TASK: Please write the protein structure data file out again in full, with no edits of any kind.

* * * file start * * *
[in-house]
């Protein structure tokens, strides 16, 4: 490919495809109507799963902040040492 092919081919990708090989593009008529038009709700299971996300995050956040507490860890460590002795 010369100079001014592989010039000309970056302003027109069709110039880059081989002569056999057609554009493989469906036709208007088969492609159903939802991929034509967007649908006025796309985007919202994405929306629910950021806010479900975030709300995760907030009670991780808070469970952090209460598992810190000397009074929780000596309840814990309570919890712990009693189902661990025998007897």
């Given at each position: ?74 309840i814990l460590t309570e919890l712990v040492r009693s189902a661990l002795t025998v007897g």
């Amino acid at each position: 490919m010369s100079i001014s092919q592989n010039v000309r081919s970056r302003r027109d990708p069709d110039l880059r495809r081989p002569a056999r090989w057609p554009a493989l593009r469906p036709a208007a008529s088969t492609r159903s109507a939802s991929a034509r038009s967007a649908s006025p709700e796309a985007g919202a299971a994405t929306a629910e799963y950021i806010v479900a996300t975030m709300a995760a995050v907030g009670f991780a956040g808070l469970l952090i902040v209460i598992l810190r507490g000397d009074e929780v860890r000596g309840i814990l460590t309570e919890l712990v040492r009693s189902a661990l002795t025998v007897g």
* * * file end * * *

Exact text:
[in-house]
């Protein structure tokens, strides 16, 4: 490919495809109507799963902040040492 092919081919990708090989593009008529038009709700299971996300995050956040507490860890460590002795 010369100079001014592989010039000309970056302003027109069709110039880059081989002569056999057609554009493989469906036709208007088969492609159903939802991929034509967007649908006025796309985007919202994405929306629910950021806010479900975030709300995760907030009670991780808070469970952090209460598992810190000397009074929780000596309840814990309570919890712990009693189902661990025998007897």
């Given at each position: ?74 309840i814990l460590t309570e919890l712990v040492r009693s189902a661990l002795t025998v007897g």
């Amino acid at each position: 490919m010369s100079i001014s092919q592989n010039v000309r081919s970056r302003r027109d990708p069709d110039l880059r495809r081989p002569a056999r090989w057609p554009a493989l593009r469906p036709a208007a008529s088969t492609r159903s109507a939802s991929a034509r038009s967007a649908s006025p709700e796309a985007g919202a299971a994405t929306a629910e799963y950021i806010v479900a996300t975030m709300a995760a995050v907030g009670f991780a956040g808070l469970l952090i902040v209460i598992l810190r507490g000397d009074e929780v860890r000596g309840i814990l460590t309570e919890l712990v040492r009693s189902a661990l002795t025998v007897g």